Now with reference to the reflecting device 14, it is seen to include a main reflector element 52 having a parabolic shape and a pair of opposed generally flat reflecting end members 54. The reflector element 52 is made of a suitable flexible metal provided with a highly polished concave reflecting surface 56, while the reflecting end members 54 are provided with a polished light reflecting surface 57. Formed at opposite longitudinal ends of the main reflector element 52 is an end stub 58 constructed to fit between the fingers 26. As a result of this, the reflector element 52 can be easily and positively connected to the housing 12 in an accurately centered position so as to facilitate desired reflection. Moreover, the compressing ribs 27 serve to compress outer edges of the resilient reflector element 52 inwardly when the latter is inserted into the housing 12 to aid in retaining the reflector element in the assembled position.
As best depicted in FIG. 4, the reflecting end members 54 are constructed to have a general parabolic configuration; matching that of the side walls 22 and the general parabolic curve of the reflector element 52. A pair of positioning legs 60, 62 is formed adjacent the apex of each of the reflecting end members 54. As shown in FIG. 5, these legs straddle the end stub 58.
As shown best in FIG. 5, the shorter leg 60 cooperates with the shallow recess 38, while the longer leg 62 cooperates with the deep recess 36. The leg 62 is dimensioned relative to the shorter leg 60 so that should the leg 62 contact the shallow recess 38 during assembly, an operator cannot properly insert the end member 54 into the housing 12. This is because a top edge of the end member 54 would stick above the exposed edge of the wall 22. Such a projection signifies that the reflecting surface 57 does not face inwardly as it should.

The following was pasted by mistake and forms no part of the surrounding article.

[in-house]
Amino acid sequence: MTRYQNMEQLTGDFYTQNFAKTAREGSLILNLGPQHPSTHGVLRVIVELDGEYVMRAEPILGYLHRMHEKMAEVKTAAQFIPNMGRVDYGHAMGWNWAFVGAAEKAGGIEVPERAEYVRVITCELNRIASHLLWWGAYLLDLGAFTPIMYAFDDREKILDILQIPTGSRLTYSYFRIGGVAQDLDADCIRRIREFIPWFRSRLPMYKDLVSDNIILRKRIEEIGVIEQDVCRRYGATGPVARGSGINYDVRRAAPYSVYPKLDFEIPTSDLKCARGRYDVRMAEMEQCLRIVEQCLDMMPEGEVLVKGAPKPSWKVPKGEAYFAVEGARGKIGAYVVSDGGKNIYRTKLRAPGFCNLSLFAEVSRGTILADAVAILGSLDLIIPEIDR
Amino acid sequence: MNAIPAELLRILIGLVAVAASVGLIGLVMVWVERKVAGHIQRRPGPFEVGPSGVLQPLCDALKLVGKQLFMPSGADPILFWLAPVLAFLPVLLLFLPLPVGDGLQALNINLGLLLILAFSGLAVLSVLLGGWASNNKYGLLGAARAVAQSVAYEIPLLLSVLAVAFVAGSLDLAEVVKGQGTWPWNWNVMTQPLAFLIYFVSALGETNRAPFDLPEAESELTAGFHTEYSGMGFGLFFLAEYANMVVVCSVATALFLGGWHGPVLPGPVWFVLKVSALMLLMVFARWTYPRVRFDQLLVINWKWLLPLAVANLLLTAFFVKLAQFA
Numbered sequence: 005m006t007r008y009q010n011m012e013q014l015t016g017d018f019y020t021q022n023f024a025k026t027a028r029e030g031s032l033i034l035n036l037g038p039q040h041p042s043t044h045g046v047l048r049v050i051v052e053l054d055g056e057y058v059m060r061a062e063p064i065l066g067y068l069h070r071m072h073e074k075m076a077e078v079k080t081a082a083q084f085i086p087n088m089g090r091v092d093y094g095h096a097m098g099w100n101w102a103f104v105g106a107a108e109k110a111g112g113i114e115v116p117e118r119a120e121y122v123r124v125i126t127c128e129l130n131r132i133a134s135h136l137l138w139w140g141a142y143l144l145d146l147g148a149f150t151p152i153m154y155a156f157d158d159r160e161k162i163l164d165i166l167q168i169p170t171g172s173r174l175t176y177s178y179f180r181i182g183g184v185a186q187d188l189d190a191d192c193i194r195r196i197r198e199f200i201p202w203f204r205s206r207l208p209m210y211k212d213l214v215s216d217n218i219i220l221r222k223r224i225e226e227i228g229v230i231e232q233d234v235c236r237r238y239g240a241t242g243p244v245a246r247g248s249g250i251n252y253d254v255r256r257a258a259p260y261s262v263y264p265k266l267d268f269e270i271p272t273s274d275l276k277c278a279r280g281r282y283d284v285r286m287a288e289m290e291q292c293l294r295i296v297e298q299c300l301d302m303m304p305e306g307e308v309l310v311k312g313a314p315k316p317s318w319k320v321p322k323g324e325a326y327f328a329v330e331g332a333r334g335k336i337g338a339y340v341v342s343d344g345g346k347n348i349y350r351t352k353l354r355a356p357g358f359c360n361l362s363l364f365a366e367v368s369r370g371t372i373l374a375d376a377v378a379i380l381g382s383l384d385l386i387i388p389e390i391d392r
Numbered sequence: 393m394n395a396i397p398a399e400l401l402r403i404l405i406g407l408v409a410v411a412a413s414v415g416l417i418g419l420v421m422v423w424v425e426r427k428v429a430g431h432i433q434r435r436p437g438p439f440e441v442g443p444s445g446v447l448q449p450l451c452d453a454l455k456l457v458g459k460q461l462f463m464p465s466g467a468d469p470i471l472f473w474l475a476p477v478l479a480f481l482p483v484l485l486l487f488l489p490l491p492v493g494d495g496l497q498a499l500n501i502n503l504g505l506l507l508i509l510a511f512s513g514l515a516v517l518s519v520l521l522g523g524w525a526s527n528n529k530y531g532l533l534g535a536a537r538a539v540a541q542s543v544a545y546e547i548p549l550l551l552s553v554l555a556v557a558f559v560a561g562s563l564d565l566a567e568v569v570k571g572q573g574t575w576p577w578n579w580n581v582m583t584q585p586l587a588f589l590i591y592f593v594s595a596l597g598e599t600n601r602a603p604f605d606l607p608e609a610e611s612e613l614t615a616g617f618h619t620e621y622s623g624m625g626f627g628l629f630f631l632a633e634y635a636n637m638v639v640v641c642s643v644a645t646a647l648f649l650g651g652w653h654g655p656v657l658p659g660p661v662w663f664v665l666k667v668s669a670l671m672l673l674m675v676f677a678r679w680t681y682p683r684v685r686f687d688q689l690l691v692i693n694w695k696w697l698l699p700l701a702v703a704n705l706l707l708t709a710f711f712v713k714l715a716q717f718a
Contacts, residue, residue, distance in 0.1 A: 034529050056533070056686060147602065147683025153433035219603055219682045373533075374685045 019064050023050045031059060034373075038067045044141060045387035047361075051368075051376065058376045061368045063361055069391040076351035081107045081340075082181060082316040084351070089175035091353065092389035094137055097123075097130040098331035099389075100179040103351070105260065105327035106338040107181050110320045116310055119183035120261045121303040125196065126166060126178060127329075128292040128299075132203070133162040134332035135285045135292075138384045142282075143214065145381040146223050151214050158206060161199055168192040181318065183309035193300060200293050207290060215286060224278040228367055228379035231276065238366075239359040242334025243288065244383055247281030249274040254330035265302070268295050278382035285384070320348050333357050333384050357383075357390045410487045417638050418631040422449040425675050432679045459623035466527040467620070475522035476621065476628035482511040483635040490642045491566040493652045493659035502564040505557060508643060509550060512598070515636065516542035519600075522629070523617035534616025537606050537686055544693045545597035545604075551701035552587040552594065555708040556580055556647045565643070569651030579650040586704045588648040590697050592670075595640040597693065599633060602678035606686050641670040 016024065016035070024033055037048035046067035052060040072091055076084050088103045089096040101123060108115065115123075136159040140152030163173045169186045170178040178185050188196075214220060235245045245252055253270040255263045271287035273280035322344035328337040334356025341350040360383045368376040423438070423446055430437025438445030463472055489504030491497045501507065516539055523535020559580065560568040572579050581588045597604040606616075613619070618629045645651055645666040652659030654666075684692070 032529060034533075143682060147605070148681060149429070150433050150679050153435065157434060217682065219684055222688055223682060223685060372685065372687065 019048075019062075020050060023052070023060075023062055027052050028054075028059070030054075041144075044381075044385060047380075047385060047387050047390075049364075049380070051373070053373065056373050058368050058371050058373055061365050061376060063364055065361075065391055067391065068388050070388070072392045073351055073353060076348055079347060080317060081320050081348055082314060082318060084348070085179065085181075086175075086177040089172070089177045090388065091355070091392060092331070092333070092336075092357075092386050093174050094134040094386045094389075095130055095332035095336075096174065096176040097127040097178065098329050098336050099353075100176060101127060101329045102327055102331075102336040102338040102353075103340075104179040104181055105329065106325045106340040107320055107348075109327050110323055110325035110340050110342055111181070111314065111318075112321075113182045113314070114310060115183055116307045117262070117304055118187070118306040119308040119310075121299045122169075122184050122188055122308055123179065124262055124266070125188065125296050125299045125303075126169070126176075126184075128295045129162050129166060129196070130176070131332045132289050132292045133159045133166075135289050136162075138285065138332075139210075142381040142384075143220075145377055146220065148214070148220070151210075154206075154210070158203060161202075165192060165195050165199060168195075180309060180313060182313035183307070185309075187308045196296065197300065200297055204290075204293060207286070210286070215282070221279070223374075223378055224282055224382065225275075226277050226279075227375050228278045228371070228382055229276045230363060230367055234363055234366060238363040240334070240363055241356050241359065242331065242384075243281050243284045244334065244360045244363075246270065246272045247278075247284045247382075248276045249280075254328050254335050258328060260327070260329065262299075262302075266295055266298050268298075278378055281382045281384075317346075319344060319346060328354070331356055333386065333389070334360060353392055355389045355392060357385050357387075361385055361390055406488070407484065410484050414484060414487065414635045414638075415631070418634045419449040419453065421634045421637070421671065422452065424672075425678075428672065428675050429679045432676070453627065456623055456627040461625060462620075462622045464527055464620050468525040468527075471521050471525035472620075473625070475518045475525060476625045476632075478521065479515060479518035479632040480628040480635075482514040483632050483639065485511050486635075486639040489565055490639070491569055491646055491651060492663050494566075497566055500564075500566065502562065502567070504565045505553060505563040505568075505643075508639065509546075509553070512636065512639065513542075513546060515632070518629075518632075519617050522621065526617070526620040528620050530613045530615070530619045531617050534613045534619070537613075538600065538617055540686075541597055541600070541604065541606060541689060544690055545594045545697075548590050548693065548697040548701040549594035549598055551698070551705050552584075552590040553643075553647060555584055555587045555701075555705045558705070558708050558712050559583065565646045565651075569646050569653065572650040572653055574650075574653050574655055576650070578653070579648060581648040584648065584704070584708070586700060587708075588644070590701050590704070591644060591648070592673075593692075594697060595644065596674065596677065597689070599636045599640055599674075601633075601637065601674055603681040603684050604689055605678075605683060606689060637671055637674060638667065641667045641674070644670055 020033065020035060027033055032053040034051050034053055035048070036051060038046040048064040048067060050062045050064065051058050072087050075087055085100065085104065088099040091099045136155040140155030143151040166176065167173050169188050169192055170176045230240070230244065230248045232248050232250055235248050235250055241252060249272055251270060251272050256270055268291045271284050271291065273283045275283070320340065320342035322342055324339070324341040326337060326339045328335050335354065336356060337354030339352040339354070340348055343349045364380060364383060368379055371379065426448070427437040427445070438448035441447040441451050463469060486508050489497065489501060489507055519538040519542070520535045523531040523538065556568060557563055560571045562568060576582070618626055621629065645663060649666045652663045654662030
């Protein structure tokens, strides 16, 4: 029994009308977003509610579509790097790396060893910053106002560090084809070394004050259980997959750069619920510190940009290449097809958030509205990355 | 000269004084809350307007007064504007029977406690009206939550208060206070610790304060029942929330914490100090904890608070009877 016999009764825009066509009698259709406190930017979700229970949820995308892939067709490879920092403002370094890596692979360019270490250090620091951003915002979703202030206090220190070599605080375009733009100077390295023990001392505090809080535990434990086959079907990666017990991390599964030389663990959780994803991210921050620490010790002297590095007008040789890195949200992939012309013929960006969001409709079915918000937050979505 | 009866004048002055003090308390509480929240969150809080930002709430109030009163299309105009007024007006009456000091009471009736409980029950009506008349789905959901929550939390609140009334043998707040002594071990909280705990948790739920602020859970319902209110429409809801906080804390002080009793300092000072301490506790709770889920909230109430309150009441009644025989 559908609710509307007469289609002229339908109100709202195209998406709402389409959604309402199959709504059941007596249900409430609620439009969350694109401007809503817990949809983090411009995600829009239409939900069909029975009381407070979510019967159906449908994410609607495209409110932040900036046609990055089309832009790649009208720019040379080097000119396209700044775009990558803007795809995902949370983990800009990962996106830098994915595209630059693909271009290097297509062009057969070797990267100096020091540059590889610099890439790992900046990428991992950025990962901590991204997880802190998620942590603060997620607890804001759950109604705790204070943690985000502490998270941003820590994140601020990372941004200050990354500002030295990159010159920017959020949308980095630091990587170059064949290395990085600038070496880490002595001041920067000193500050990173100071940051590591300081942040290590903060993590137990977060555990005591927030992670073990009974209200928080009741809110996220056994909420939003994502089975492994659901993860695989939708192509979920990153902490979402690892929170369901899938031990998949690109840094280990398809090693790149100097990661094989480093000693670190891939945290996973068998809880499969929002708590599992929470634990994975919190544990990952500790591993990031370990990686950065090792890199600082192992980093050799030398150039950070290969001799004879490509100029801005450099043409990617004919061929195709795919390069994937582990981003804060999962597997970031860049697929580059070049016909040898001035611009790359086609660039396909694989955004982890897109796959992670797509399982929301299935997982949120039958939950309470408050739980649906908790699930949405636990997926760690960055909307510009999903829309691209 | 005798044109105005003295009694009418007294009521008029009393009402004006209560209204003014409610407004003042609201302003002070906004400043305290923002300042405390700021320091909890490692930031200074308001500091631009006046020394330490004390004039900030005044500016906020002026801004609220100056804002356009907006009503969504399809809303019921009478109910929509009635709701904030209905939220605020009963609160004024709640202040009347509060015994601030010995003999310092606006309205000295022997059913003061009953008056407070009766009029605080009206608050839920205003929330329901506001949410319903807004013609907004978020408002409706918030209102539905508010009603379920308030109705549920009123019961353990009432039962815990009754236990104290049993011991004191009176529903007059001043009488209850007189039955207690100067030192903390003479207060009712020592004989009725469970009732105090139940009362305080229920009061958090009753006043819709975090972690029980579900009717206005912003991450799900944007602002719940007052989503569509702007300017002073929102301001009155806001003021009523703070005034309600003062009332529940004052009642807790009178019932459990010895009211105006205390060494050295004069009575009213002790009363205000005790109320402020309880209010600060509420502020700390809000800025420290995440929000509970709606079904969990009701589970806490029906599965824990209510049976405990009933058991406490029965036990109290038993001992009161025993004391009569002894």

Accordingly, the foregoing provides means for inhibiting an operator from having the position of the end member 54 reversed from its intended position so that the reflecting surface 57 faces in the wrong direction. Moreover, the legs 60, 62 straddle the stub 58 for preventing slight rotation of the end members 54 once placed in the housing 12.
A generally flat aligning tab 64 extends laterally from the marginal edge of each of the end members 54. In the assembled condition, the aligning tabs 64 cooperate with complementary shaped notches 66 formed in diagonally opposed edges of the housing 12. Such arrangement, as with the foregoing arrangement of legs 60, 62 and recesses 36, 38, serves as anti-reversing means for inhibiting or preventing an operator from putting the end members 54 into the housing 12 in a reverse position, whereby the reflecting surfaces 57 would not face each other. This invention envisions that the tabs 64 could indeed cooperate with notches formed in the main reflector element 52, if necessary.